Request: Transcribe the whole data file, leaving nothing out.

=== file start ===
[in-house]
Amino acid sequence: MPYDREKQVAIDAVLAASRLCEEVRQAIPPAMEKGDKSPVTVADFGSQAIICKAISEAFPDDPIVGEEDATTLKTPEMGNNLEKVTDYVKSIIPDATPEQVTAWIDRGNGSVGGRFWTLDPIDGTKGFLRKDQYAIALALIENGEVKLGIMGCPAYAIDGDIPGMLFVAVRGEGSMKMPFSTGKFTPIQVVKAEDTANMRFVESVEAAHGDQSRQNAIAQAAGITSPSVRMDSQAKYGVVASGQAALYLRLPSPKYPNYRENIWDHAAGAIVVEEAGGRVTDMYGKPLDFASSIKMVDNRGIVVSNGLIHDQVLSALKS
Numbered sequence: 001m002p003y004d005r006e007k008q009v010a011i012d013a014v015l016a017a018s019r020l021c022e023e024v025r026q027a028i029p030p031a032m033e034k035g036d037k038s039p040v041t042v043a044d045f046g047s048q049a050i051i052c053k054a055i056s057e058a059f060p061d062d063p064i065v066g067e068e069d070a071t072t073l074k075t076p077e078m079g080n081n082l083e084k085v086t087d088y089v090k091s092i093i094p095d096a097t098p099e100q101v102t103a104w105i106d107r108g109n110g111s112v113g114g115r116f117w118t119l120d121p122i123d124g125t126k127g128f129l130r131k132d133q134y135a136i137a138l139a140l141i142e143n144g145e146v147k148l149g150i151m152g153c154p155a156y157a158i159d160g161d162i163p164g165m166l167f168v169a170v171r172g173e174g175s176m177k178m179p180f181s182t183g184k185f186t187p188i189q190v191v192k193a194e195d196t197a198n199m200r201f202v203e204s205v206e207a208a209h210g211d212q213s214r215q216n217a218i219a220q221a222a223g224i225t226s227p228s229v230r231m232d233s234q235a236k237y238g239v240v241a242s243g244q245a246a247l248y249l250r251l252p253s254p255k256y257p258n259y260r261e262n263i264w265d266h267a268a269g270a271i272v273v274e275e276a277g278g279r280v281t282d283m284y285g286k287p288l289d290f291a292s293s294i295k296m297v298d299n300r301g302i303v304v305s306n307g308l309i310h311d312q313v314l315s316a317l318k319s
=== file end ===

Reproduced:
[in-house]
Amino acid sequence: MPYDREKQVAIDAVLAASRLCEEVRQAIPPAMEKGDKSPVTVADFGSQAIICKAISEAFPDDPIVGEEDATTLKTPEMGNNLEKVTDYVKSIIPDATPEQVTAWIDRGNGSVGGRFWTLDPIDGTKGFLRKDQYAIALALIENGEVKLGIMGCPAYAIDGDIPGMLFVAVRGEGSMKMPFSTGKFTPIQVVKAEDTANMRFVESVEAAHGDQSRQNAIAQAAGITSPSVRMDSQAKYGVVASGQAALYLRLPSPKYPNYRENIWDHAAGAIVVEEAGGRVTDMYGKPLDFASSIKMVDNRGIVVSNGLIHDQVLSALKS
Numbered sequence: 001m002p003y004d005r006e007k008q009v010a011i012d013a014v015l016a017a018s019r020l021c022e023e024v025r026q027a028i029p030p031a032m033e034k035g036d037k038s039p040v041t042v043a044d045f046g047s048q049a050i051i052c053k054a055i056s057e058a059f060p061d062d063p064i065v066g067e068e069d070a071t072t073l074k075t076p077e078m079g080n081n082l083e084k085v086t087d088y089v090k091s092i093i094p095d096a097t098p099e100q101v102t103a104w105i106d107r108g109n110g111s112v113g114g115r116f117w118t119l120d121p122i123d124g125t126k127g128f129l130r131k132d133q134y135a136i137a138l139a140l141i142e143n144g145e146v147k148l149g150i151m152g153c154p155a156y157a158i159d160g161d162i163p164g165m166l167f168v169a170v171r172g173e174g175s176m177k178m179p180f181s182t183g184k185f186t187p188i189q190v191v192k193a194e195d196t197a198n199m200r201f202v203e204s205v206e207a208a209h210g211d212q213s214r215q216n217a218i219a220q221a222a223g224i225t226s227p228s229v230r231m232d233s234q235a236k237y238g239v240v241a242s243g244q245a246a247l248y249l250r251l252p253s254p255k256y257p258n259y260r261e262n263i264w265d266h267a268a269g270a271i272v273v274e275e276a277g278g279r280v281t282d283m284y285g286k287p288l289d290f291a292s293s294i295k296m297v298d299n300r301g302i303v304v305s306n307g308l309i310h311d312q313v314l315s316a317l318k319s